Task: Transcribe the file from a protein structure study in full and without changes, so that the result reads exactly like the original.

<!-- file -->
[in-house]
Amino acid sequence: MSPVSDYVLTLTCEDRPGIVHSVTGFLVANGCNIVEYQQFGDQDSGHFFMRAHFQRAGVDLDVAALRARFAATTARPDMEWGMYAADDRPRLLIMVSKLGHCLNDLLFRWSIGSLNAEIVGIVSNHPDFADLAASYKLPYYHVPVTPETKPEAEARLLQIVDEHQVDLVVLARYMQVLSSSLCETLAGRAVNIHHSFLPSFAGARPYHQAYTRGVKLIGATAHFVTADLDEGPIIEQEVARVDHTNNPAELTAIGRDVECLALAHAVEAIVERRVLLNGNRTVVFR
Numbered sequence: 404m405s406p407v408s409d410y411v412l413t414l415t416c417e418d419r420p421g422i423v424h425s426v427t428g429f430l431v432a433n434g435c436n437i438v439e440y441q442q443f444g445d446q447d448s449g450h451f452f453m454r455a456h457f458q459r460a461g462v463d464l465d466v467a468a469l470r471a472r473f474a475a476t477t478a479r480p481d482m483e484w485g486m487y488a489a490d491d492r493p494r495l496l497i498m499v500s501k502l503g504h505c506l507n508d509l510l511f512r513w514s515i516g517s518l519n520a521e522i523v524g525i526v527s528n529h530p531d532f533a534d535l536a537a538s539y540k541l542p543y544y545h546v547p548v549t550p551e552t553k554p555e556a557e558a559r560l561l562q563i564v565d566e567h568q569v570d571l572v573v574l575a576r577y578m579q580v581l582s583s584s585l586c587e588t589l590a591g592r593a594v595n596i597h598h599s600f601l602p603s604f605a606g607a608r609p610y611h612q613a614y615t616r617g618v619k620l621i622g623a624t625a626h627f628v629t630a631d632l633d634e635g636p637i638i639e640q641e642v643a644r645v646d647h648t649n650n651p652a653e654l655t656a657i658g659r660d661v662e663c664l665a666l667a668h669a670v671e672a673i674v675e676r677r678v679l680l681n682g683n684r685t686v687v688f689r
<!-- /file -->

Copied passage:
[in-house]
Amino acid sequence: MSPVSDYVLTLTCEDRPGIVHSVTGFLVANGCNIVEYQQFGDQDSGHFFMRAHFQRAGVDLDVAALRARFAATTARPDMEWGMYAADDRPRLLIMVSKLGHCLNDLLFRWSIGSLNAEIVGIVSNHPDFADLAASYKLPYYHVPVTPETKPEAEARLLQIVDEHQVDLVVLARYMQVLSSSLCETLAGRAVNIHHSFLPSFAGARPYHQAYTRGVKLIGATAHFVTADLDEGPIIEQEVARVDHTNNPAELTAIGRDVECLALAHAVEAIVERRVLLNGNRTVVFR
Numbered sequence: 404m405s406p407v408s409d410y411v412l413t414l415t416c417e418d419r420p421g422i423v424h425s426v427t428g429f430l431v432a433n434g435c436n437i438v439e440y441q442q443f444g445d446q447d448s449g450h451f452f453m454r455a456h457f458q459r460a461g462v463d464l465d466v467a468a469l470r471a472r473f474a475a476t477t478a479r480p481d482m483e484w485g486m487y488a489a490d491d492r493p494r495l496l497i498m499v500s501k502l503g504h505c506l507n508d509l510l511f512r513w514s515i516g517s518l519n520a521e522i523v524g525i526v527s528n529h530p531d532f533a534d535l536a537a538s539y540k541l542p543y544y545h546v547p548v549t550p551e552t553k554p555e556a557e558a559r560l561l562q563i564v565d566e567h568q569v570d571l572v573v574l575a576r577y578m579q580v581l582s583s584s585l586c587e588t589l590a591g592r593a594v595n596i597h598h599s600f601l602p603s604f605a606g607a608r609p610y611h612q613a614y615t616r617g618v619k620l621i622g623a624t625a626h627f628v629t630a631d632l633d634e635g636p637i638i639e640q641e642v643a644r645v646d647h648t649n650n651p652a653e654l655t656a657i658g659r660d661v662e663c664l665a666l667a668h669a670v671e672a673i674v675e676r677r678v679l680l681n682g683n684r685t686v687v688f689r